Bombay House or London House?

12 04 2008

Tatas are yet to come out with a clear explanation about the rationale for acquiring Jaguar and Land Rover ( JLR), although they owe it to their public shareholders. There are some stock quotes from them, but nothing that clearly expalain the synergy.

 
JLR is an expensive bet and its synergy with Tata Motors is at best tenuous . Tata Motors is just a vehicle for acquisition, because it happens to be in the automobiles business. It is more of “legitimacy seeking” for Mr Ratan Tata, the group chairman.
 
Because of his age, Mr. Tata is under severe time pressure. He has about four years as the Chairman of the Group. By his own admission, Mr. Tata does not want to retire on a wheelchair. At the same time, Mr. Tata wants to leave behind a legacy which compares favourably with his predecessors’, particularly Mr. Jamsetji Tata and Mr. JRD Tata.
Through big ticket acquisitions overseas, Mr. Tata has been able to achieve two things simultaneously. One, he is now known as the visionary leader who  has taken the group global. Secondly, the Tata Group  is ramping up topline growth and getting closer to regain the Number 1 position in India which it had lost to Reliance.  
 
While the jury is out on the outcome of its  highly leveraged shopping abroad, for the present, the Tata Group’s minority shareholders while lauding their Chairman’s bold moves have to reconcile to poor returns.
There could be another angle to this story. It is not inconceivable that through a series of recent acquisitions  in the UK like Tetley, Corus and now JLR , Mr Tata is saying that  the centre  of the Tata empire is now shifting to the UK. What next ? Tata group’s HQ moving from “Bombay House” to “London House”?
– G Mohan
 
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2 responses

15 04 2008
Venkat

I remember having read an article about 4 years back, which talked about LG and the TATA Group. There was an interesting mention that the in the 1960s LG was an unknown entity manufacturing combs while the Tata group was a very big name by then. However, in the next 45 odd years LG had overtaken the Tata group in terms of turnover. However, this was before the Tatas acquired Tetley, Corus and Jaguar.

In a sense, the Tata group has been an enigma, as they have never been very aggressive in terms of numbers like some of its counterparts. Tata Steel had a ‘cradle to grave’ policy for its employees, and have been pioneers in terms of landmark HR initiatives like the introduction of PF which was subsequently adopted by the other public sector companies in India.

Even with respect to TCS, a company which was formed in 1968 and did not do anything major till the early 1990’s; and as the story goes FC Kohli the CEO of TCS then, went with an option, of closing down the company, to JRD Tata. JRD had mentioned that since we have waited for 20 years, why don’t we wait for a couple of more years and see how things shape up. Sheer gut feeling! I can’t think of anything else. However, the way TCS took off after that is history.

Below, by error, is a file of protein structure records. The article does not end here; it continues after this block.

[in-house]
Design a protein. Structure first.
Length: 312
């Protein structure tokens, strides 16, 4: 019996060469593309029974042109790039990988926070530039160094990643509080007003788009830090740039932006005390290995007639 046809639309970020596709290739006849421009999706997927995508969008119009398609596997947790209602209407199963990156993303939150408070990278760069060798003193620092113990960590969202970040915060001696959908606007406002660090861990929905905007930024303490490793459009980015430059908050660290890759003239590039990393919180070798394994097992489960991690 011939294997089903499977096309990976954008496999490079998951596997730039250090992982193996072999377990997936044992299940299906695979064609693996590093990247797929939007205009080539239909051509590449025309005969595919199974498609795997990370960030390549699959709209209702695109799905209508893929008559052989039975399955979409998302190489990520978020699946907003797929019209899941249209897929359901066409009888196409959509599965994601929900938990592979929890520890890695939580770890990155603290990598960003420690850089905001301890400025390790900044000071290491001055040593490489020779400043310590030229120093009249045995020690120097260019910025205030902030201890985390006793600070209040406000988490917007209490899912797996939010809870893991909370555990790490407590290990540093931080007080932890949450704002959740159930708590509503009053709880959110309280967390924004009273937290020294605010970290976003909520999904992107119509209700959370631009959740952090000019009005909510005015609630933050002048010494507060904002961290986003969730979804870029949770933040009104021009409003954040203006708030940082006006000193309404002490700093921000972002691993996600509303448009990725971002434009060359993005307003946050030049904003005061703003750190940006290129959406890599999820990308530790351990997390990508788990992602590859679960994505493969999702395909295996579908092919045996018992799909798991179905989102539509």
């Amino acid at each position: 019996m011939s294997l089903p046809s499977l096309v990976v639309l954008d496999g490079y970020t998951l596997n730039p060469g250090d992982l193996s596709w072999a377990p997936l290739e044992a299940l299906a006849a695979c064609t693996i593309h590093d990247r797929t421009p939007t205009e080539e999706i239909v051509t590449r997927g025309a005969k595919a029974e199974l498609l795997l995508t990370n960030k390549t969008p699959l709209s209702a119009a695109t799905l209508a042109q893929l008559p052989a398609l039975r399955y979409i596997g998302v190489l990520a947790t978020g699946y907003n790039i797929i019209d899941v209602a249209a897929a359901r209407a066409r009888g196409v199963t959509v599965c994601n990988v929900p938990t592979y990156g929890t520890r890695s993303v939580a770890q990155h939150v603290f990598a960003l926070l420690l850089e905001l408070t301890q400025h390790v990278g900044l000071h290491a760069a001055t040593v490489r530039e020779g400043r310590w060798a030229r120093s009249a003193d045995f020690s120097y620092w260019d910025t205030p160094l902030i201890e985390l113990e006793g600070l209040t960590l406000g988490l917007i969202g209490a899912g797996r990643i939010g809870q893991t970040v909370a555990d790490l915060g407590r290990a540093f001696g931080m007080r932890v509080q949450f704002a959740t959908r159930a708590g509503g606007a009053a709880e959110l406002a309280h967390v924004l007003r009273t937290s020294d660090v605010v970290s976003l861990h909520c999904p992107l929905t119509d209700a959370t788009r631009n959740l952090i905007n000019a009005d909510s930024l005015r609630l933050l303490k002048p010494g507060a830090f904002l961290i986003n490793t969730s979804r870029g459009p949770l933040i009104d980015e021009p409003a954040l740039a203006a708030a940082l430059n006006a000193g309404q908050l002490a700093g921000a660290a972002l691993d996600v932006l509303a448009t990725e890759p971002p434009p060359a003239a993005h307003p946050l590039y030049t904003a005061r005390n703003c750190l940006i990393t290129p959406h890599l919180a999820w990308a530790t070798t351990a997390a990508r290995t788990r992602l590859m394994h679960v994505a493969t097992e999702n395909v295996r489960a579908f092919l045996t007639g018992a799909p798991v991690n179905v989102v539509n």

What I am trying to hint at is that, what the Tatas did from time to time did not make great business sense always. However, the common thread was that they had money to sustain their ventures, their inefficiencies and their incompetency in certain cases and were willing to wait long term (very very long term ! which does not make business sense).

If one looks at the Corus and Jaguar acquisitions, one strong point that the Tatas had in both cases was the fact that the employees of both Corus and Jaguar preferred Tatas acquiring them instead of any of the competitors of the Tatas in those bids. The logic of the employees was that the Tatas will not retrench employees and that they are more people oriented and perceptive of the UK culture.

Now, what would the Tatas do differently to manage these companies is yet to be seen. The differentiators are not at all clear at this point of time.

Going by Ratan Tata’s words ‘car brands have an emotional quotient to it’, he is in some way echoing the sentiments of JRD Tata when he asked Homi Bhabha to conceptualise BARC, or the way he laid the foundations of TIFR. It all goes back to history when Jamshedji Tata decided to donate half of his personal wealth to form the great Indian Institute of Science in Bangalore.

At the cost of going overboard, in my personal opinion, it is good Karmas like these that have kept them going and have helped them in creating wealth for the nation, beyond the parameters of business.

Both in the case of Corus and Jaguar, at this point of time Tatas are only custodians of the companies’ wealth and are like messiahs to the employees of these acquired companies, at the cost of the shareholders. The shareholders will have to be really long on these companies to make money. Barring a few companies like TCS, ‘business philanthropy’ (if I may use the word) is strongly associated with the Tata Group; and not all their decisions can be defined through classical business terms like ROI and Payback.

22 04 2008
G.Mohan

One more indication of Tata group’s rising interest in UK is the news in today’s ET. The news is titled “Tata’s world-class R&D hub coming up in UK.”
http://economictimes.indiatimes.com/News/News_By_Industry/Auto/Tatas_world-class_RD_hub_coming_up_in_UK/articleshow/2969175.cms

The global R&D hub, will encompass R&D activities of Tata Motors, TCS, INCAT, Corus, and Tata Chemicals and now Jaguar Land Rover among others.

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